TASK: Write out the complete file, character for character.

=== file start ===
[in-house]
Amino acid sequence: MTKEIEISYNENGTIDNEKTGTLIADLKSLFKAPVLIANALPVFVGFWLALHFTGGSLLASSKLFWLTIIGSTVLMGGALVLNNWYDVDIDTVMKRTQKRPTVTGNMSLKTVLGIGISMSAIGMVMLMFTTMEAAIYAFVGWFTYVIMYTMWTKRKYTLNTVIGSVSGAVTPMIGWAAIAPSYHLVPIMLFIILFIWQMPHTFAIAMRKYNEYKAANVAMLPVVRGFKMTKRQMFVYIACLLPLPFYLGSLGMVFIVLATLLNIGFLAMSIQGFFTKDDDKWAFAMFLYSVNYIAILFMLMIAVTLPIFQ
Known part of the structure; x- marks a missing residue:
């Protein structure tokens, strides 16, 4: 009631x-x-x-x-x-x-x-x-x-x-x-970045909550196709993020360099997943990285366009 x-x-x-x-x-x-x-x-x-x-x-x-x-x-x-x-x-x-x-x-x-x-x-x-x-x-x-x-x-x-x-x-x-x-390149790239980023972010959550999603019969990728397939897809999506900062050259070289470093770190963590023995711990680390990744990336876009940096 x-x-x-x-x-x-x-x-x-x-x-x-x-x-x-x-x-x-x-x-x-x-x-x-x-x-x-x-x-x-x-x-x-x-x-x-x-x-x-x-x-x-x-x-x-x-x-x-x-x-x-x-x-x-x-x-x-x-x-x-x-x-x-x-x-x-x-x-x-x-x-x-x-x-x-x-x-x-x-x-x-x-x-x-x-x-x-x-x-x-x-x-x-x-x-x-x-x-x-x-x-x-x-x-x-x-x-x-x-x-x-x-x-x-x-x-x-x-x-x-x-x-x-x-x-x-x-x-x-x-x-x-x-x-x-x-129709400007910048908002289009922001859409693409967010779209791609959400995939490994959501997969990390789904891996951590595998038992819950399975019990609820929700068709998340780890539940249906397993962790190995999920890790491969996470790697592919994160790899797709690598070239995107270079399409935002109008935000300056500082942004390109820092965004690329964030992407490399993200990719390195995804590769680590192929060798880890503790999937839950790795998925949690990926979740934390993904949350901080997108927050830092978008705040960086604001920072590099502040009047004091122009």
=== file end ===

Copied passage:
[in-house]
Amino acid sequence: MTKEIEISYNENGTIDNEKTGTLIADLKSLFKAPVLIANALPVFVGFWLALHFTGGSLLASSKLFWLTIIGSTVLMGGALVLNNWYDVDIDTVMKRTQKRPTVTGNMSLKTVLGIGISMSAIGMVMLMFTTMEAAIYAFVGWFTYVIMYTMWTKRKYTLNTVIGSVSGAVTPMIGWAAIAPSYHLVPIMLFIILFIWQMPHTFAIAMRKYNEYKAANVAMLPVVRGFKMTKRQMFVYIACLLPLPFYLGSLGMVFIVLATLLNIGFLAMSIQGFFTKDDDKWAFAMFLYSVNYIAILFMLMIAVTLPIFQ
Known part of the structure; x- marks a missing residue:
């Protein structure tokens, strides 16, 4: 009631x-x-x-x-x-x-x-x-x-x-x-970045909550196709993020360099997943990285366009 x-x-x-x-x-x-x-x-x-x-x-x-x-x-x-x-x-x-x-x-x-x-x-x-x-x-x-x-x-x-x-x-x-x-390149790239980023972010959550999603019969990728397939897809999506900062050259070289470093770190963590023995711990680390990744990336876009940096 x-x-x-x-x-x-x-x-x-x-x-x-x-x-x-x-x-x-x-x-x-x-x-x-x-x-x-x-x-x-x-x-x-x-x-x-x-x-x-x-x-x-x-x-x-x-x-x-x-x-x-x-x-x-x-x-x-x-x-x-x-x-x-x-x-x-x-x-x-x-x-x-x-x-x-x-x-x-x-x-x-x-x-x-x-x-x-x-x-x-x-x-x-x-x-x-x-x-x-x-x-x-x-x-x-x-x-x-x-x-x-x-x-x-x-x-x-x-x-x-x-x-x-x-x-x-x-x-x-x-x-x-x-x-x-x-129709400007910048908002289009922001859409693409967010779209791609959400995939490994959501997969990390789904891996951590595998038992819950399975019990609820929700068709998340780890539940249906397993962790190995999920890790491969996470790697592919994160790899797709690598070239995107270079399409935002109008935000300056500082942004390109820092965004690329964030992407490399993200990719390195995804590769680590192929060798880890503790999937839950790795998925949690990926979740934390993904949350901080997108927050830092978008705040960086604001920072590099502040009047004091122009």